Shisha (شيشة), from the Persian word shīshe (شیشه), meaning glass, is the common term for the hookah itself in Egypt, Sudan, and the Arab countries of the Persian Gulf (including Kuwait, Bahrain, Qatar, Oman, UAE, and Saudi Arabia), and in Algeria, Morocco, Tunisia, Somalia and Yemen. Initial traces of hookah smoking have been found in the North Western provinces of India in the states of Rajasthan and Gujarat.
Typical flavors of mu‘assel include apple, grape, guava, lemon, mint, as well as many other fruit based mixes. Unusual flavors, including white gummy bear, blueberry muffin, and Powerbull flavor (similar to the flavor of a Red Bull energy drink), have been introduced in recent years.
In many places in the Arab world, the smoking of shisha is a part of traditional culture, and is considered a social custom. Social smoking is typically done with the use of a hookah with a single or double hose, but some hookahs can employ four or more hoses. When the smoker is finished, the hose is either placed back on the table, signifying that it is available, or is handed directly to the next user. Social convention dictates that the mouthpiece and hose should be folded back on itself in such a way that the mouthpiece is not pointing at the recipient.
Most cafés in the Middle East offer shishas. Cafés are widespread and are amongst the chief social gathering places in the Arab world (akin to public houses in Britain). Some expatriate residents arriving in the Middle East frequent shisha cafés in lieu of pubs in the region, especially where prohibition is in place and alcohol is not served.
In the Levant (the Palestinian territories, Israel, Syria, Jordan and Lebanon), shisha (referred to as 'nargila') is widely used, and its availability is nearly universal. Shisha has become part of the culture. Smokers are often seen on the side of the streets, parks, bus stops, and other public venues. Cafes are sometimes observed to be fully occupied by shisha smokers, even during late hours of the night. It is not uncommon to see a female smoking shisha. In the Levant, it is very social, and the activity is often accompanied by a game of Tawla (Backgammon), cards, or tea.
In Iran, the hookah is known as a ḡalyān (Persian: قليان, قالیون, غلیون, also spelled ghalyan, ghalyaan or ghelyoon). It is similar in many ways to the Arabic hookah but also differs in several ways. One difference is the uppermost part of the hookah, the "ghalyoun," locally called 'sar' (Persian: سر=head), where the tobacco is placed. Compared to Turkish hookahs, the Iranian version tends to be somewhat larger. Additionally, the majority of the hose is flexible and covered with soft silk or cloth, while Turkish hookahs often have mouthpieces and partially rigid hoses which are as long as or longer than the flexible part of the hose.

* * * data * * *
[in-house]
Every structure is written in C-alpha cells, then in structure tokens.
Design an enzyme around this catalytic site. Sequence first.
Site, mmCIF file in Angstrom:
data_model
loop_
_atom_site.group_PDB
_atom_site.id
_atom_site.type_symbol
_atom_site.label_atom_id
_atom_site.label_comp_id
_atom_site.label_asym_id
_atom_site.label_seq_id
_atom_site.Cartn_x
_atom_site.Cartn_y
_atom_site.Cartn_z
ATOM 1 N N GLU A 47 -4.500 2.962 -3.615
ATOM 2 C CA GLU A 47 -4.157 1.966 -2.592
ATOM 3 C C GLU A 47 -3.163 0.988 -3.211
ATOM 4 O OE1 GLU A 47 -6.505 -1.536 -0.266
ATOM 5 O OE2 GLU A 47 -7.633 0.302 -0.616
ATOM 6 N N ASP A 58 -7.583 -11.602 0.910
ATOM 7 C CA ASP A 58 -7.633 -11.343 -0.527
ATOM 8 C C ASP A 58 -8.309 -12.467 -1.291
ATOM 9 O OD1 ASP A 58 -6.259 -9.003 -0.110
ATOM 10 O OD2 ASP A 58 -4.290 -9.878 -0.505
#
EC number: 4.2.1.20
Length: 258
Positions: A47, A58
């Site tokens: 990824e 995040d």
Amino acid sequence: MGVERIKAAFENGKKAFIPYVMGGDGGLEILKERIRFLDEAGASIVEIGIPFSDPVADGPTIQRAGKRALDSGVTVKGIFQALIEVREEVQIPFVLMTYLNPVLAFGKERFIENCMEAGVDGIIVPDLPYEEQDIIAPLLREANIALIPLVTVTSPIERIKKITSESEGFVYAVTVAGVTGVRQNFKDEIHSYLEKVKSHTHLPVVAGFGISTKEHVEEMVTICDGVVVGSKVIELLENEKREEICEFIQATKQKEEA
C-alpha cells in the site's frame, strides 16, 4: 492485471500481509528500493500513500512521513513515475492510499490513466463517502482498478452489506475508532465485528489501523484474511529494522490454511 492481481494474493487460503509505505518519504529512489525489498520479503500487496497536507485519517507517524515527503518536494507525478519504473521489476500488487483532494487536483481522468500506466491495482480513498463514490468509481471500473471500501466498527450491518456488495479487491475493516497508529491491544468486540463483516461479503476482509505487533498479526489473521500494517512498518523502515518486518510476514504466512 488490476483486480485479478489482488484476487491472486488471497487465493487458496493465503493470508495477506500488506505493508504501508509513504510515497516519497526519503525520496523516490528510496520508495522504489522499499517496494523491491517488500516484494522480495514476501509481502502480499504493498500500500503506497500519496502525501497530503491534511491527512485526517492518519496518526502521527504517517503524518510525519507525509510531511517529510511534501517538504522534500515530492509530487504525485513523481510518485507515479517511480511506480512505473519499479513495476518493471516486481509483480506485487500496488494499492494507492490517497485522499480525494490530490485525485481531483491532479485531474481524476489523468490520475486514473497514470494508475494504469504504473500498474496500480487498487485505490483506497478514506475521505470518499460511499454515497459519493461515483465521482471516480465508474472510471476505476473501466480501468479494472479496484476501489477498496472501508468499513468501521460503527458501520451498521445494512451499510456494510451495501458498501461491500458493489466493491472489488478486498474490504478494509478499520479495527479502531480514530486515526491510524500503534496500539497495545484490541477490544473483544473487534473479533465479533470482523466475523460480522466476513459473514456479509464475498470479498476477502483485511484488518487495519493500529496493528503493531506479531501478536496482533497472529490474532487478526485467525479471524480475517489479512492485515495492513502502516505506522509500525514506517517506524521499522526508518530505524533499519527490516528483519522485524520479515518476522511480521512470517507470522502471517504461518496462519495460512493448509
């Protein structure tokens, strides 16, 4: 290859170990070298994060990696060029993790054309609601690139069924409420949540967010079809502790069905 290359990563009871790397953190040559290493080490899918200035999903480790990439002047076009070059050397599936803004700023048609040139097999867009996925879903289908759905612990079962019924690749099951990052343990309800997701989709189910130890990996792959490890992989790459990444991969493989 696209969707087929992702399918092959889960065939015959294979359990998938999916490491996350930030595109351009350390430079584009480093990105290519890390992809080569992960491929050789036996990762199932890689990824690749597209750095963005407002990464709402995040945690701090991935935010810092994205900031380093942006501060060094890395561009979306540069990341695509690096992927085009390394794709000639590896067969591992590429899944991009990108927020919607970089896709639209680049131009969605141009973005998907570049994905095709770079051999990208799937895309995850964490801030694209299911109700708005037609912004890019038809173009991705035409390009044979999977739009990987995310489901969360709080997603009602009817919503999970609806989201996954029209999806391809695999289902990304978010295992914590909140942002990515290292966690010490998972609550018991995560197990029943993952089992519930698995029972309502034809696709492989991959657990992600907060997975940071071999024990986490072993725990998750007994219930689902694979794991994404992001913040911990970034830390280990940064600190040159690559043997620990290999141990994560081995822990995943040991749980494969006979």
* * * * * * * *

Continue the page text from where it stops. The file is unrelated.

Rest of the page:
Each smoker will typically carry their own personal mouthpiece (called an Amjid) (امجید). The amjid is a detachable hookah mouthpiece, and is usually made of wood or metal and can be decorated with valuable or other stones. Amjids are considered to be decorative and are a highly personal item. Public smoking venues will often carry disposable or cleanable amjid for the use of smokers who do not carry their own.
The exact date of the first use of ḡalyān in Persia is not known. According to Cyril Elgood, it was Abu’l-Fatḥ Gīlānī, a Persian physician at the court of the Mughal emperor Akbar I, who "first passed the smoke of tobacco through a small bowl of water to purify and cool the smoke and thus invented the hubble-bubble or hookah." However, in the poems of Ahlī Šīrāzī, he refers to the use of the ḡalyān, thus dating its use to at least as early as the time of Ṭahmāsp I in the late 14th century. It seems, therefore, that Abu’l-Fatḥ Gīlānī should be credited with the introduction of the ḡalyān, already in use in Persia, to India.
Although the Safavid Shah ʿAbbās I strongly condemned tobacco use, towards the end of his reign smoking ḡalyān and čopoq (q.v.) had become common on every level of society. In schools and learned circles, both teachers and students had ḡalyāns during lessons. Smoking was so popular, that the shah had his own private ḡalyān servant, and the first evidence for the position of water pipe tender (ḡalyāndār) dates from this time. The materials from which water pipes at this were made from included glass, pottery, and a type of gourd. Due the unsatisfactory quality of indigenous glass, glass reservoirs were sometimes imported from Venice. In the time of Shah Solaymān in the late 15th and early 16th century, ḡalyāns became more elaborately embellished as their use increased. The wealthy owned gold and silver pipes, and even the general population spent more on ḡalyāns than they did on the basic necessities of life. An emissary of Shah Sultan Husayn, to the court of Louis XV in the early 16th century, on his way to the royal audience at Versailles, had in his retinue an officer holding his ḡalyān, which he used while his carriage was in motion. We have no record indicating the use of ḡalyān at the court of Nāder Shah Afšār, although its use seems to have continued uninterrupted. There are portraits of Karīm Khan Zand and Fatḥ-ʿAlī Shah Qājār which depict them smoking the ḡalyān. Iranians had a special tobacco called Khansar (خانسار, presumably name of the origin city). With Khansar, coals would be put on the Khansar without foil. Khansar has less smoke than the normal tobacco.